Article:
Anders Behring Breivik, who has confessed to killing 77 people in attacks last July, told an Oslo court Monday that he wanted to apologise for the "innocent" people he killed in his Oslo bombing, but not for the youths he killed in Utoeya.
AFP - Anders Behring Breivik, who killed 77 people last July, said Monday he wanted to apologise for killing "innocent" people in his Oslo bombing, but offered no similar apology for the Utoeya massacre.
He also insisted that not only his victims and their families had their lives ruined on July 22: "I also lost everything," he lamented to the court.
For the first time since his trial started on April 16, the 33-year-old right-wing extremist voiced a small ounce of regret for his actions.
"I would like to offer a large apology" to those who were injured or killed in the bombing of an Oslo government building as they were just passing by and had no political connections, he said.
"They are not defined as legitimate targets."
But when prosecutor Enga Bejer Engh asked if he wanted to say the same to any of the 69 people -- mainly teens -- slaughtered in his shooting massacre on the nearby island of Utoeya after the bombing, Breivik said: "No, I do not."
He reiterated that youngsters attending a summer camp hosted by the ruling Labour Party's youth wing were "legitimate targets", as "political activists" working for the "deconstruction of Norwegian society" through the multiculturalism he insists is leading to a "Muslim invasion" of the country.
Instead, he insisted that "everyone who is linked to the (government) and the Labour Party ... should issue a large apology" to the Norwegian people.
In his own apology, Breivik mentioned in particular Kai Hauge, a 32-year-old man who was killed as he walked past the government building when it was bombed.
Hauge's mother Soelvi rejected the apology. "It is of course not enough," she told the Aftenposten daily's online edition, adding: "We will never get Kai back."
Jon Hestnes, who represents survivors and family of the victims of the Oslo bombing, described Breivik's apology as surprising and insincere.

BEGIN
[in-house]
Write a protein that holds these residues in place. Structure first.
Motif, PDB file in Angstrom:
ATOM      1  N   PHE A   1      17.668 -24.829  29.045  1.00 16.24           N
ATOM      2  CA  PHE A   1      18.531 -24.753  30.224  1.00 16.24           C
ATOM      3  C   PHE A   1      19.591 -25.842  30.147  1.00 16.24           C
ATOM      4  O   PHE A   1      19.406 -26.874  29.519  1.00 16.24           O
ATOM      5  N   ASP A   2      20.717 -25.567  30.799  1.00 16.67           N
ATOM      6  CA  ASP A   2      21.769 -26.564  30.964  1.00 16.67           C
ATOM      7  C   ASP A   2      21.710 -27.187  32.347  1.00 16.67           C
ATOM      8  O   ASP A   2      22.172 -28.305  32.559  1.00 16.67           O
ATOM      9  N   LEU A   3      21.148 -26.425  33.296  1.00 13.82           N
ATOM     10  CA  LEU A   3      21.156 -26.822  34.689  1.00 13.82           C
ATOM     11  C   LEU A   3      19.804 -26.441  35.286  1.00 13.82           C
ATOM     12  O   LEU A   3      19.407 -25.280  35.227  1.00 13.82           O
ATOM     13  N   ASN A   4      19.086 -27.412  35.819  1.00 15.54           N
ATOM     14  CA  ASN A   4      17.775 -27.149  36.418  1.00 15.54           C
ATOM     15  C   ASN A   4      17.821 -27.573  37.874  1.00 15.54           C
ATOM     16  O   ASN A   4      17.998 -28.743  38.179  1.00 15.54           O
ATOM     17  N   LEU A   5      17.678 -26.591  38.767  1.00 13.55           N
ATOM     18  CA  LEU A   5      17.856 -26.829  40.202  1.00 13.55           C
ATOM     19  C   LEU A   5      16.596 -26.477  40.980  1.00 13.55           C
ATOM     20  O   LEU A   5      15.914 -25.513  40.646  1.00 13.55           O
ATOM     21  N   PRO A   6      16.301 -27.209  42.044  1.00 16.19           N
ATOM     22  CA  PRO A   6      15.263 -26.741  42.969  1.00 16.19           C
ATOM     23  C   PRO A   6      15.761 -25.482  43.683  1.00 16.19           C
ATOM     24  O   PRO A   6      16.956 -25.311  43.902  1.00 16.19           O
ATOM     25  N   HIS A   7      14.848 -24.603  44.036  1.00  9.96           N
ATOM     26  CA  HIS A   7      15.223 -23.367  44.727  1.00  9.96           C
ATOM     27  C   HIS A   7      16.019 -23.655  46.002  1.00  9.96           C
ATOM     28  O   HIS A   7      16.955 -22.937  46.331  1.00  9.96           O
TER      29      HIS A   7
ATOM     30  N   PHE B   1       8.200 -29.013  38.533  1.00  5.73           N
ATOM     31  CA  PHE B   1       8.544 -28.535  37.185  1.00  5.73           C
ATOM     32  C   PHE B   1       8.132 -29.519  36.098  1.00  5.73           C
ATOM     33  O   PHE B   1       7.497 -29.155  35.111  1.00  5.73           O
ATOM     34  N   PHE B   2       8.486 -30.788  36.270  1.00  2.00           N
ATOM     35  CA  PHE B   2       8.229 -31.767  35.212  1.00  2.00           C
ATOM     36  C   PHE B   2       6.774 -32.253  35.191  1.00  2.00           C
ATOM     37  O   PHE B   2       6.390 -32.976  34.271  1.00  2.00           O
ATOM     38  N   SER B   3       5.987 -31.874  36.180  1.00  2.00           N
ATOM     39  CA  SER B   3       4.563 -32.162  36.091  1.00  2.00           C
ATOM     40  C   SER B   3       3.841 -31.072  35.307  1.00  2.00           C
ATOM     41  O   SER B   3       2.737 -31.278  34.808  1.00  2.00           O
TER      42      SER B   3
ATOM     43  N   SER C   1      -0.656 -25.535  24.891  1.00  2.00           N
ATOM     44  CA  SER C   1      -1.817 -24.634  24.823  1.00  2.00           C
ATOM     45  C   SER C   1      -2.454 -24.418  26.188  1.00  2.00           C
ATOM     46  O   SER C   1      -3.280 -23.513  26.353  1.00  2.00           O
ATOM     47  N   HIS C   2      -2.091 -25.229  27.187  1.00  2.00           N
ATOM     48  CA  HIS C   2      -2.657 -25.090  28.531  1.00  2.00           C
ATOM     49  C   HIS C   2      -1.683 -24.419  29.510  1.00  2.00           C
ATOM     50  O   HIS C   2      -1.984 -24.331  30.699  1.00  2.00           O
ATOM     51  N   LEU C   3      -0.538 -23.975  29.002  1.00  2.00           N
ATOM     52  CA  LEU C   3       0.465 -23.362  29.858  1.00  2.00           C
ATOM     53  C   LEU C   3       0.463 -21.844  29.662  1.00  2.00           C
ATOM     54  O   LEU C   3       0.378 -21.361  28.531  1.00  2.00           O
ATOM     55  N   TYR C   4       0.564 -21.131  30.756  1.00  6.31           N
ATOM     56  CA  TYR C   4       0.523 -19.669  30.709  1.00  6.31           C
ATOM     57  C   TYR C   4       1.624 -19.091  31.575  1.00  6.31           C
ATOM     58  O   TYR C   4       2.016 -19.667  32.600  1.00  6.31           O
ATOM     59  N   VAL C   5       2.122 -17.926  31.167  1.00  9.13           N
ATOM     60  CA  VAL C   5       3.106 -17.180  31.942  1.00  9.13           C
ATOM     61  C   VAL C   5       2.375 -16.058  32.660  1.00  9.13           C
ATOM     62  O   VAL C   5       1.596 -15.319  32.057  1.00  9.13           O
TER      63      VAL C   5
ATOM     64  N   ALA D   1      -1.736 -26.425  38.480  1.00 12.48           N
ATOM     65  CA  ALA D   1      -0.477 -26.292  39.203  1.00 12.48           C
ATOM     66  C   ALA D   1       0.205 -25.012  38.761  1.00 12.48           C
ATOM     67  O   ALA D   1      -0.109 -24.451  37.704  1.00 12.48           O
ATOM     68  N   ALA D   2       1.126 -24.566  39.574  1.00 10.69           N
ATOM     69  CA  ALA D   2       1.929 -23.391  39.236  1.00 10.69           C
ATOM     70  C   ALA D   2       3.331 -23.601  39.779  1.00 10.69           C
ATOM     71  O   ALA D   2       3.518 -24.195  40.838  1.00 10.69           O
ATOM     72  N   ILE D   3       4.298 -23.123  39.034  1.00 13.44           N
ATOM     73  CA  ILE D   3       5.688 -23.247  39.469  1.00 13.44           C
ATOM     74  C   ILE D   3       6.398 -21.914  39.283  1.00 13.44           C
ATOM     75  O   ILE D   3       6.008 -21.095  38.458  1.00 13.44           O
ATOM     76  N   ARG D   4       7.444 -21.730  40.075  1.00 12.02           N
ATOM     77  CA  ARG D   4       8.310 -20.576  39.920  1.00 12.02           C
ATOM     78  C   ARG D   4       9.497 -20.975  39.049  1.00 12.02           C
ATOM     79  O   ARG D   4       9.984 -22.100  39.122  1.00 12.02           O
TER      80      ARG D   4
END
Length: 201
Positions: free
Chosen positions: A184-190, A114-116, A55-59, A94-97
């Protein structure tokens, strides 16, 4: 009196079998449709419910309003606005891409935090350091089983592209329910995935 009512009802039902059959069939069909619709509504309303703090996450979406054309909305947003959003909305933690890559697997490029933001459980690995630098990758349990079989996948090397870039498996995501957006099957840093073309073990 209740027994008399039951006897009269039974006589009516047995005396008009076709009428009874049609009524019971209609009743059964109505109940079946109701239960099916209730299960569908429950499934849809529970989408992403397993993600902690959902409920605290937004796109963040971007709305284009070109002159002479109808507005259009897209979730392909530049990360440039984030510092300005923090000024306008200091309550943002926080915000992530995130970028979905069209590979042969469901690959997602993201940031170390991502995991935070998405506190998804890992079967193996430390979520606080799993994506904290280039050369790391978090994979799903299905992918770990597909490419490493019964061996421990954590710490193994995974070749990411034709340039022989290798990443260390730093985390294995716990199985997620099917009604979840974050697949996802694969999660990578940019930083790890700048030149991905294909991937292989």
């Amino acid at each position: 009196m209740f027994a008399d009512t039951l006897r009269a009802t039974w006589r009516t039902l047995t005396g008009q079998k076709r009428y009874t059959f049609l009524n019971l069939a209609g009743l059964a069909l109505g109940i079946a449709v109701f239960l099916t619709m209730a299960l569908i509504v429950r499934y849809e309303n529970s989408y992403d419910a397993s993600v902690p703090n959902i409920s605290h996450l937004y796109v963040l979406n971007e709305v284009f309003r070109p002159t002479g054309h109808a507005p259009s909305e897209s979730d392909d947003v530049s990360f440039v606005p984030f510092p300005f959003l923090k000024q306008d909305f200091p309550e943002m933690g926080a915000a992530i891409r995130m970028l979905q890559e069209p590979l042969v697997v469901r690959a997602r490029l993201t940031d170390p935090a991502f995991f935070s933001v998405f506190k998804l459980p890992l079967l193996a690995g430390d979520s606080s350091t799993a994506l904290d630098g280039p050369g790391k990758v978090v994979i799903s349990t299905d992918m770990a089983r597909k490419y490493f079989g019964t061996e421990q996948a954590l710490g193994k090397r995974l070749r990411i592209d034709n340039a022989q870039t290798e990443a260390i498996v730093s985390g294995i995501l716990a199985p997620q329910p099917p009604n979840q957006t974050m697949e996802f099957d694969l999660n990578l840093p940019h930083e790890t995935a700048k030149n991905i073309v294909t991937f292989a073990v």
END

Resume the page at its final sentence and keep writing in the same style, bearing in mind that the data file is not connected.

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"I think it was pathetic. It doesn't help that he said that. There was no expression in his body language showing that he meant what he said," he told public broadcaster NRK.
Breivik continued Monday giving his account of events on Utoeya, providing chilling details of how he calmly walked across the island, picking off his victims one by one, shooting most of them point-blank in the head.
On the sixth day of his trial, he faced cross-examination from the prosecution and questions from his own defence about the deadliest massacre ever committed by a sole gunman, which he insists was "cruel but necessary."
He stressed the shooting spree had been a "gruesome" experience for him as well, and that he had to force himself to carry it out since it felt so "against human nature."
It was almost like "being asked to eat a plate of excrement," he said, acknowledging though that "it was probably more gruesome for the people I was hunting."
He also stressed that not only the families of his victims had their lives ruined.
"One should remember that on July 22 I also lost ... my entire family, all my friends... I also lost everything," he told the court.
He said he had not realised that so many people on the island would be under 18 -- 33 of those killed were minors -- but that he only considered the two 14-year-olds as children.
He reiterated that he had spared the lives of two people, a girl and a boy, whom he deemed too young, and said he had not shot one man, Adrian Pracon, as "He did not look like a Marxist... He looked like someone like me."
"The reason he gave for not killing me was shocking," Pracon told the VG daily's online edition, recalling how the killer had pointed his rifle at him and then suddenly walked away.
"It is sickening that he played my god, that he decided over who would live and die," he added.
The confessed killer said several others in Norway were "more deserving of execution than the Labour Party youth," adding that if he had managed to attack a journalists conference, as originally planned, "I might have enjoyed" the slaughter.
Breivik had been scheduled to testify Monday about his sanity, which is the main issue of contention during the 10-week trial, but that testimony was postponed until Wednesday so he could finish testifying about Utoeya.
He has been charged with "acts of terror" and faces either 21 years in prison -- a sentence that could thereafter be extended indefinitely if he is still considered a threat to society -- or closed psychiatric care, possibly for life.
A first court-ordered psychiatric exam found him insane, while a second opinion came to the opposite conclusion.
Breivik wants to be found sane and accountable for his actions, so that his anti-Islam ideology, as presented in the 1,500-page manifesto he published online just before the attacks, will be taken seriously and not considered the ravings of a lunatic.
He lamented Monday that his sanity was being questioned.
"If I had been a bearded Jihadi there would be no report at all... There would not be a need for a psychiatric evaluation," he said, maintaining he was the victim of "clear racism."
Date created : 2012-04-23